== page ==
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Vol 23, No 4 (2019)
ORIGINAL PAPERS
Published online: 2019-11-20
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Sleep duration and cardiovascular risk: results of the large-scale epidemiology study ESSE-RF

Mikhail Bochkarev, Lyudmila Korostovtseva, Elena Medvedeva, Oxana Rotar, Yurii Sviryaev, Yulia Zhernakova, Svetlana Shalnova, Alexandra Konradi, Irina Chazova, Sergey Boytsov, Eugene Shlyakhto
DOI: 10.5603/AH.a2019.0017
·
Arterial Hypertension 2019;23(4):248-255.

open access

Vol 23, No 4 (2019)
ORIGINAL PAPERS
Published online: 2019-11-20

Abstract

Background. The recent data suggest that sleep disorders are associated with cardiovascular diseases. We assessed
the relation between self-reported sleep duration and cardiovascular and metabolic disorders in the large-scale epidemiological study.

Material and methods. The ESSE-RF is a population-based cross-sectional study involving 22,258 participants aged 25–64 years from 13 regions of the Russian Federation. In 2012–2014, all subjects underwent a structured interview including questions about average daily sleep duration, lifestyle, complaints and diseases. The current analyses considered the associations with the following disorders: obesity, hypertension, coronary artery disease, myocardial infarction, stroke (cerebral thrombosis or hemorrhage) and diabetes mellitus.

Results. Altogether 20,359 respondents were included in the final analysis. The mean self-reported sleep duration was 7.0 h per night: 23.3% participants reported sleeping less than 6 h while 4.5% subjects slept more than 9 h. We found both short and long sleep duration to be associated with self-reported cardiovascular diseases. The association was independent of age, sex, body mass index, blood pressure, lipids and glucose levels. The multivariable odds were higher for obesity in short-sleepers compared to those sleeping 7–8 h. In the meanwhile, the association was U-shaped for coronary artery disease. A J-shaped relation was found for myocardial infarction. No relation was found for hypertension, diabetes mellitus or stroke.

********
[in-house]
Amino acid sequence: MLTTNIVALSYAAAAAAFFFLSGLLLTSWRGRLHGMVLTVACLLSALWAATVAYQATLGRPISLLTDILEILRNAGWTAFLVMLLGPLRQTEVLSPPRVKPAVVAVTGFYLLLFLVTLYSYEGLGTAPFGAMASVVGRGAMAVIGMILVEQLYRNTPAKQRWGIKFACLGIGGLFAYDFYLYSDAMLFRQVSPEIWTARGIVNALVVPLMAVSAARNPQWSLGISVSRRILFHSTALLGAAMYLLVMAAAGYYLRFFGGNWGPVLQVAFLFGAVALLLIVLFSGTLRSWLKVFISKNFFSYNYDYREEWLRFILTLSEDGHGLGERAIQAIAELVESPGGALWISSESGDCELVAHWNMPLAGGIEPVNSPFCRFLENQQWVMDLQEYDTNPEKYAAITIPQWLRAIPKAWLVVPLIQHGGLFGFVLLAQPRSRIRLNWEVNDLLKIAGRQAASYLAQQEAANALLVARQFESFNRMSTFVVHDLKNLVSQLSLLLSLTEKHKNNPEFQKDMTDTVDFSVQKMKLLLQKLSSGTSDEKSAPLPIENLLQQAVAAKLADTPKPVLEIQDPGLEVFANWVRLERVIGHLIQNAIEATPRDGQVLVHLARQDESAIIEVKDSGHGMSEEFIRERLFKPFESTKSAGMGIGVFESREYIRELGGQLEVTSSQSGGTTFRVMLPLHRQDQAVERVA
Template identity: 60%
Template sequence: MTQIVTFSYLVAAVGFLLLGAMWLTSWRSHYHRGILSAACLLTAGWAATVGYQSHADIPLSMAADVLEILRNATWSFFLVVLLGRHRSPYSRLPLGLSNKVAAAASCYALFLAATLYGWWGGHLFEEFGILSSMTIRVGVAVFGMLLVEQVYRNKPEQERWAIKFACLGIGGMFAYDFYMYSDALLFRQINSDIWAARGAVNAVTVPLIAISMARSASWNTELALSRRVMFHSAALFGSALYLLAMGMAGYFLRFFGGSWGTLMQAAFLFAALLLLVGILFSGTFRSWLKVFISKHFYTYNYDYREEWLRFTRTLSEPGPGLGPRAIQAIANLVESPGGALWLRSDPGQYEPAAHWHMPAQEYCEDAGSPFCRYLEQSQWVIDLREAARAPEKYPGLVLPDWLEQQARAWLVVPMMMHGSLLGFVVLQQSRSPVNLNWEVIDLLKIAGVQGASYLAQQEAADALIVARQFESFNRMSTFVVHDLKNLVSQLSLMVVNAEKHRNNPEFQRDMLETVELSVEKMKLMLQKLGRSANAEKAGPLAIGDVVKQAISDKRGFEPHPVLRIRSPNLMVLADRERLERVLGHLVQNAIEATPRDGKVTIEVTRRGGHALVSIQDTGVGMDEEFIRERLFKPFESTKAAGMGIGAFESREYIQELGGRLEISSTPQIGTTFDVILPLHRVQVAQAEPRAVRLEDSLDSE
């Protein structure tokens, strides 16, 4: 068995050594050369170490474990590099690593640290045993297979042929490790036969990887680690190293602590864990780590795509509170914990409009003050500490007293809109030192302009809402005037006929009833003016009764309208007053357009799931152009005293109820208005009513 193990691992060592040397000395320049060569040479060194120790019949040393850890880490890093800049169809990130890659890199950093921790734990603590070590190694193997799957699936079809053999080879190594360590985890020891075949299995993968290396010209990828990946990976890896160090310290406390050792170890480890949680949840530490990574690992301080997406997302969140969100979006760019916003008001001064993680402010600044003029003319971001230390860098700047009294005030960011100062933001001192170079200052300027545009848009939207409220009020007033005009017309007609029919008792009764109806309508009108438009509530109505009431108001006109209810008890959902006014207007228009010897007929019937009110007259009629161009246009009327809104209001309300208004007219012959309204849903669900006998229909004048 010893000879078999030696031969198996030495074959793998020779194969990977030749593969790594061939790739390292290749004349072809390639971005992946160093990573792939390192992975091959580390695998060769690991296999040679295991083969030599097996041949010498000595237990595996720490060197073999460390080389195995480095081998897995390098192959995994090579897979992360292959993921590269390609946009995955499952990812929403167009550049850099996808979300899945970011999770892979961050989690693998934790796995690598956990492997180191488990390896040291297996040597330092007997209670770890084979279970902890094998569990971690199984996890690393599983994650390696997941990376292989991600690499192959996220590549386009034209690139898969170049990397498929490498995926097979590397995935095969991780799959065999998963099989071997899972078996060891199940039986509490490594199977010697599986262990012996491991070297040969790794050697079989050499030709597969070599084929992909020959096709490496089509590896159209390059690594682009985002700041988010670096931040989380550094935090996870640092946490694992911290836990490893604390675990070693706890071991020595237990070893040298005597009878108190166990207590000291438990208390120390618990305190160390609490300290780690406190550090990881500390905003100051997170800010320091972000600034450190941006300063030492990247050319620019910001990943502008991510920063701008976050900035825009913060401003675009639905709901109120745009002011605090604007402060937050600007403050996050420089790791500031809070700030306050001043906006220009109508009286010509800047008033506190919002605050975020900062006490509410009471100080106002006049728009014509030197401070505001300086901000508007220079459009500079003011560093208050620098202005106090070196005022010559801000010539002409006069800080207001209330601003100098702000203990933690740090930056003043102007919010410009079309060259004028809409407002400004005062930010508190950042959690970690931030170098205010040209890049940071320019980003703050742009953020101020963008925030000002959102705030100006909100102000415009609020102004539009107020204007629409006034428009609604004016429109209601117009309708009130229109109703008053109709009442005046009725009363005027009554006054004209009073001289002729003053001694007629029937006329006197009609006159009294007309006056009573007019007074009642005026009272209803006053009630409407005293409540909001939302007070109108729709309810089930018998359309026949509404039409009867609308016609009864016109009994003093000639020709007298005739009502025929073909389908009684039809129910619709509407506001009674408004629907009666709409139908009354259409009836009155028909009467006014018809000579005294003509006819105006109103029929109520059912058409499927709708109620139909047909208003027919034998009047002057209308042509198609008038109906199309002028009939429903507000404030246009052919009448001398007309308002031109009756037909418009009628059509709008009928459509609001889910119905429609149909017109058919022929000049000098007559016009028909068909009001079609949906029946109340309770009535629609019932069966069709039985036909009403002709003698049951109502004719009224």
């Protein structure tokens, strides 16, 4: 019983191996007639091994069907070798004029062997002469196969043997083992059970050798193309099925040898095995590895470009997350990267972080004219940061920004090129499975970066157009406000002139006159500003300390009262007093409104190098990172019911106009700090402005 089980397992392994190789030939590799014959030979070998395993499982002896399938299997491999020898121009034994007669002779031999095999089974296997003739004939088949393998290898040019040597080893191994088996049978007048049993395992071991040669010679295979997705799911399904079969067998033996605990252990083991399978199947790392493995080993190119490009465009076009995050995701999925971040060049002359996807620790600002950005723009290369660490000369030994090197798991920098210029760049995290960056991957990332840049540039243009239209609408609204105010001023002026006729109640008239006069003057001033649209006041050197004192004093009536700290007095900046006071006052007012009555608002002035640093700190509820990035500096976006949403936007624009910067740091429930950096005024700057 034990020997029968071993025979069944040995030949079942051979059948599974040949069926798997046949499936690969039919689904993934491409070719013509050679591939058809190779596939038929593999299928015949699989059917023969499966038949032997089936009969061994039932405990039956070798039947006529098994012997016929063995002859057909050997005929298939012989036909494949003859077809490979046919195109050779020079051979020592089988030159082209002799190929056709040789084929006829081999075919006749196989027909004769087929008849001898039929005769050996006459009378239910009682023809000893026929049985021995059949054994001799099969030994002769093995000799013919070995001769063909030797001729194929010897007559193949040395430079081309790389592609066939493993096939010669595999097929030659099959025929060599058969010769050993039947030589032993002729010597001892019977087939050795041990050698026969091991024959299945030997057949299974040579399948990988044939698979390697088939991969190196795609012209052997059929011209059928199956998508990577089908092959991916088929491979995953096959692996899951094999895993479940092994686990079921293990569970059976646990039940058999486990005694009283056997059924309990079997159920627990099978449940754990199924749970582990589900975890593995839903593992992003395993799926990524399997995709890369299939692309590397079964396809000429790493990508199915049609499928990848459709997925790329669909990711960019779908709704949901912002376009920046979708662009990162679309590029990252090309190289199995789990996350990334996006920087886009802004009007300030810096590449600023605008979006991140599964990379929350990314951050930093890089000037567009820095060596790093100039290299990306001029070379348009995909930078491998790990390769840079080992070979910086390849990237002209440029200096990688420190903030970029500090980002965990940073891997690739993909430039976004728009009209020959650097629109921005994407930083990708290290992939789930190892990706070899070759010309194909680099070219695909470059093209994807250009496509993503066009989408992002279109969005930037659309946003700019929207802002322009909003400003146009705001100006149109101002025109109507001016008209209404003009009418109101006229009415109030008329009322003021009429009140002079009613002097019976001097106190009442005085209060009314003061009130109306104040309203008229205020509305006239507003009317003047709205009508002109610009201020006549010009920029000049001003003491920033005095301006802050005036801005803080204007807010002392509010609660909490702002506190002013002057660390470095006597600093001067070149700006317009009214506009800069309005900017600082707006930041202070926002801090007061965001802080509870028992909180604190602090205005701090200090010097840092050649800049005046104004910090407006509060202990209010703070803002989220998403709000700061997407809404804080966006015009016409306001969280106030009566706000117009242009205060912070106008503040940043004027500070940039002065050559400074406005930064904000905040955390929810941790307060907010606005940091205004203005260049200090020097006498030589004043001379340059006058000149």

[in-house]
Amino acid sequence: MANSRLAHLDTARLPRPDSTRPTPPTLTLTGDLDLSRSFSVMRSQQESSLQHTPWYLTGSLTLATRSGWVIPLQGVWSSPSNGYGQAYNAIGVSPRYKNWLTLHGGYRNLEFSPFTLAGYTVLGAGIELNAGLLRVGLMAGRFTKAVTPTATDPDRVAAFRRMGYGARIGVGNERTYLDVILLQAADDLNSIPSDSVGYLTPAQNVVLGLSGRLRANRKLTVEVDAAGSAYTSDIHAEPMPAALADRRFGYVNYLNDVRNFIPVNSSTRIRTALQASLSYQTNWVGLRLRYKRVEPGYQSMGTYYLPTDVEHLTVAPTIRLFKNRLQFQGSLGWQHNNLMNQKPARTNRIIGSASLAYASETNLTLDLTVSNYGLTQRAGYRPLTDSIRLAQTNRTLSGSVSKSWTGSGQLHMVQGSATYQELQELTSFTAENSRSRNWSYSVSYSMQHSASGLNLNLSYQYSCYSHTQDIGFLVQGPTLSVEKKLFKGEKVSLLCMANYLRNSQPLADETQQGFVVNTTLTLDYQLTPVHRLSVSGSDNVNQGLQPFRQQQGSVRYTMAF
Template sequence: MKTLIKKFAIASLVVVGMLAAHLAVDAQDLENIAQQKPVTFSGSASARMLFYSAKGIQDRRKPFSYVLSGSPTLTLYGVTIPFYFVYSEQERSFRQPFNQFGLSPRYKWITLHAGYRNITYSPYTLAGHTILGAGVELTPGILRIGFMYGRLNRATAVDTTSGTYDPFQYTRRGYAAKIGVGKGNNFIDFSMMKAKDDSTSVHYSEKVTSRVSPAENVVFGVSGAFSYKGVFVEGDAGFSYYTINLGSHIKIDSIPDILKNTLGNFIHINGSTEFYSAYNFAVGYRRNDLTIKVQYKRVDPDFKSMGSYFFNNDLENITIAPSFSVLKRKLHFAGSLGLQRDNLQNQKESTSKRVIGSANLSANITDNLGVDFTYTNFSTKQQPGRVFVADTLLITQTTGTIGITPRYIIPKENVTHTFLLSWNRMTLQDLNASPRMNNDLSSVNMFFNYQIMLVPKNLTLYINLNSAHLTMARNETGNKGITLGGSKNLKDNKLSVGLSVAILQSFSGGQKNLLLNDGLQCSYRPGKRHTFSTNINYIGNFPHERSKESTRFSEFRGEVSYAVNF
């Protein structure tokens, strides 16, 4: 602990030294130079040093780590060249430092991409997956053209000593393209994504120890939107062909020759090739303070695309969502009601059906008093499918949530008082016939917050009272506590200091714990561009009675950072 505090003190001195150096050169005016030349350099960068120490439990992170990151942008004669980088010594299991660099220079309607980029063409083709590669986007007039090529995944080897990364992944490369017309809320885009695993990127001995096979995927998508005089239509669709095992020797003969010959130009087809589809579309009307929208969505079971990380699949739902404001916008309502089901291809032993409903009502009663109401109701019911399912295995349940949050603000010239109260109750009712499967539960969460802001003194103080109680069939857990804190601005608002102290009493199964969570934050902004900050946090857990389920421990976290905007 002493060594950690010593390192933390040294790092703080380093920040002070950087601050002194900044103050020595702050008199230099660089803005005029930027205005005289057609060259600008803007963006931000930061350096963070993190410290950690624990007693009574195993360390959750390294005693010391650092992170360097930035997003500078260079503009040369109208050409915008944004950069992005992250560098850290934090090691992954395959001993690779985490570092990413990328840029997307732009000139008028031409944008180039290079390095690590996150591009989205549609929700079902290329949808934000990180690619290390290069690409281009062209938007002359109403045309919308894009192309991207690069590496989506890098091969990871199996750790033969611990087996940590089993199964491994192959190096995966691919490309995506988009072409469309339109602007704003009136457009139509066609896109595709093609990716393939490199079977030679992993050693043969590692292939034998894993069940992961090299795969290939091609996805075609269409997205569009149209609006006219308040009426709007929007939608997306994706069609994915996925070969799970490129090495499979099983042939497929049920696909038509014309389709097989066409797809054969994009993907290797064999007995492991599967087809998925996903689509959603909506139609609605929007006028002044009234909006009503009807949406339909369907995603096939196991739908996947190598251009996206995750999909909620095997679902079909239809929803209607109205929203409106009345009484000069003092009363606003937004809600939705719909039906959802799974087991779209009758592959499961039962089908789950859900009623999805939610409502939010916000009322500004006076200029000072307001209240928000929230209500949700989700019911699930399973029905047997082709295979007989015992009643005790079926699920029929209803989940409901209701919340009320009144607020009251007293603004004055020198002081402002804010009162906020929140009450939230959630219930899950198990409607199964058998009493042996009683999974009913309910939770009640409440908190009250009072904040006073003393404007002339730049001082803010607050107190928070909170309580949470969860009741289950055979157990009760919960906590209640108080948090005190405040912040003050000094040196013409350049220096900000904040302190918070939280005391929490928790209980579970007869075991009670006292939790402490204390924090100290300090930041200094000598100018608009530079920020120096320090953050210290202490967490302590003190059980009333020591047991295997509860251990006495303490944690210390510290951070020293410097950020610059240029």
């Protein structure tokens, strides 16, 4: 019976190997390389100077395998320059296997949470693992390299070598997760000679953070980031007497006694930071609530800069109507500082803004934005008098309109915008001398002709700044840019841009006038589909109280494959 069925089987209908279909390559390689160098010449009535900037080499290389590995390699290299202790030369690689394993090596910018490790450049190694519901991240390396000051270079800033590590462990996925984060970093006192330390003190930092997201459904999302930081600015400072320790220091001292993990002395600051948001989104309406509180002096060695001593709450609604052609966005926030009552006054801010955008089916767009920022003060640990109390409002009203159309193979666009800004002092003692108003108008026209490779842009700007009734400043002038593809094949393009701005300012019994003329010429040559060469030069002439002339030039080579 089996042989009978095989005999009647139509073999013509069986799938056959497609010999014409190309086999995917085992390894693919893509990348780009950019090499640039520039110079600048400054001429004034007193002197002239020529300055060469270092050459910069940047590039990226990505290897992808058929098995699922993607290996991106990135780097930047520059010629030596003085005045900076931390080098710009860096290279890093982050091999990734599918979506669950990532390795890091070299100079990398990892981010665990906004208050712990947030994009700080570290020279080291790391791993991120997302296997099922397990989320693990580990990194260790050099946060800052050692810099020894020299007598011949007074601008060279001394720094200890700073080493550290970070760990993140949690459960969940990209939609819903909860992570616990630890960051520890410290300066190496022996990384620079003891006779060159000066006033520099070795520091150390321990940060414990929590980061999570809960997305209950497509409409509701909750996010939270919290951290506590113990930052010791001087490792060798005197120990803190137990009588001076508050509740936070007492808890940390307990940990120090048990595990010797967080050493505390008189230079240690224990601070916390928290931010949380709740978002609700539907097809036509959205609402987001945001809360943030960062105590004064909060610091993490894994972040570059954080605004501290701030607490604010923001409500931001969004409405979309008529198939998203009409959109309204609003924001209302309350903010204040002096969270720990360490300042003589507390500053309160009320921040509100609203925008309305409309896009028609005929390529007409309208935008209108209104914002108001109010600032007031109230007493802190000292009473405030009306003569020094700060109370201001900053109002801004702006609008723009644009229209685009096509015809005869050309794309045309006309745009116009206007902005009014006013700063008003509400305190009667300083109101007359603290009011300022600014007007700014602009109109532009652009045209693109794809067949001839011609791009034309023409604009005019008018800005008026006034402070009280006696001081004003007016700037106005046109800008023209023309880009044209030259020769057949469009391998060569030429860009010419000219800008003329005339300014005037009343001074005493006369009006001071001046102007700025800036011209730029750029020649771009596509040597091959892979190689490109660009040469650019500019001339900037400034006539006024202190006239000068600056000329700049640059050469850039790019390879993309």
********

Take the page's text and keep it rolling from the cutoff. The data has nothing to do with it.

Conclusions. Differences in sleep duration may have health consequences given associations between short and long sleep duration and cardiometabolic outcomes.

Abstract

Background. The recent data suggest that sleep disorders are associated with cardiovascular diseases. We assessed
the relation between self-reported sleep duration and cardiovascular and metabolic disorders in the large-scale epidemiological study.

Material and methods. The ESSE-RF is a population-based cross-sectional study involving 22,258 participants aged 25–64 years from 13 regions of the Russian Federation. In 2012–2014, all subjects underwent a structured interview including questions about average daily sleep duration, lifestyle, complaints and diseases. The current analyses considered the associations with the following disorders: obesity, hypertension, coronary artery disease, myocardial infarction, stroke (cerebral thrombosis or hemorrhage) and diabetes mellitus.

Results. Altogether 20,359 respondents were included in the final analysis. The mean self-reported sleep duration was 7.0 h per night: 23.3% participants reported sleeping less than 6 h while 4.5% subjects slept more than 9 h. We found both short and long sleep duration to be associated with self-reported cardiovascular diseases. The association was independent of age, sex, body mass index, blood pressure, lipids and glucose levels. The multivariable odds were higher for obesity in short-sleepers compared to those sleeping 7–8 h. In the meanwhile, the association was U-shaped for coronary artery disease. A J-shaped relation was found for myocardial infarction. No relation was found for hypertension, diabetes mellitus or stroke.

Conclusions. Differences in sleep duration may have health consequences given associations between short and long sleep duration and cardiometabolic outcomes.

Get Citation

Keywords

epidemiology; obesity; sleep; risk factors; cardiovascular diseases

About this article
Title

Sleep duration and cardiovascular risk: results of the large-scale epidemiology study ESSE-RF

Journal

Arterial Hypertension

Issue

Vol 23, No 4 (2019)

Pages

248-255

Published online

2019-11-20

DOI

10.5603/AH.a2019.0017

Bibliographic record

Arterial Hypertension 2019;23(4):248-255.

Keywords

epidemiology
obesity
sleep
risk factors
cardiovascular diseases

Authors

Mikhail Bochkarev
Lyudmila Korostovtseva
Elena Medvedeva
Oxana Rotar
Yurii Sviryaev
Yulia Zhernakova
Svetlana Shalnova
Alexandra Konradi
Irina Chazova
Sergey Boytsov
Eugene Shlyakhto

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